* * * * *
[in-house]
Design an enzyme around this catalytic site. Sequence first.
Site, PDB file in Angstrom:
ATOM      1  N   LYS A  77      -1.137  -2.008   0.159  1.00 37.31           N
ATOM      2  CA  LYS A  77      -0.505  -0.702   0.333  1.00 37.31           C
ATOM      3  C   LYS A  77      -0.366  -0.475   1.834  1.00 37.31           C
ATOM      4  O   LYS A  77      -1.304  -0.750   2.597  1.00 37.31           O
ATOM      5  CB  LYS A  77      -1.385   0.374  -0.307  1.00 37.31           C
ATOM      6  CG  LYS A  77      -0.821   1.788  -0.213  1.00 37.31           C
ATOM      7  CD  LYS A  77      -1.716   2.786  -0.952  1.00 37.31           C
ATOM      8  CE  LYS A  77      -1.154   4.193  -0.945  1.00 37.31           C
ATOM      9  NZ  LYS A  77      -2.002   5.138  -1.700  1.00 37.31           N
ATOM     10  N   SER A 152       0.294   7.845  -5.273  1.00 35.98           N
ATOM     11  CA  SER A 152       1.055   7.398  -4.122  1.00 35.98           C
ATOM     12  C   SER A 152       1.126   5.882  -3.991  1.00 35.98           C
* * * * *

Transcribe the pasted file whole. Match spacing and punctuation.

[in-house]
Design an enzyme around this catalytic site. Sequence first.
Site, PDB file in Angstrom:
ATOM      1  N   LYS A  77      -1.137  -2.008   0.159  1.00 37.31           N
ATOM      2  CA  LYS A  77      -0.505  -0.702   0.333  1.00 37.31           C
ATOM      3  C   LYS A  77      -0.366  -0.475   1.834  1.00 37.31           C
ATOM      4  O   LYS A  77      -1.304  -0.750   2.597  1.00 37.31           O
ATOM      5  CB  LYS A  77      -1.385   0.374  -0.307  1.00 37.31           C
ATOM      6  CG  LYS A  77      -0.821   1.788  -0.213  1.00 37.31           C
ATOM      7  CD  LYS A  77      -1.716   2.786  -0.952  1.00 37.31           C
ATOM      8  CE  LYS A  77      -1.154   4.193  -0.945  1.00 37.31           C
ATOM      9  NZ  LYS A  77      -2.002   5.138  -1.700  1.00 37.31           N
ATOM     10  N   SER A 152       0.294   7.845  -5.273  1.00 35.98           N
ATOM     11  CA  SER A 152       1.055   7.398  -4.122  1.00 35.98           C
ATOM     12  C   SER A 152       1.126   5.882  -3.991  1.00 35.98           C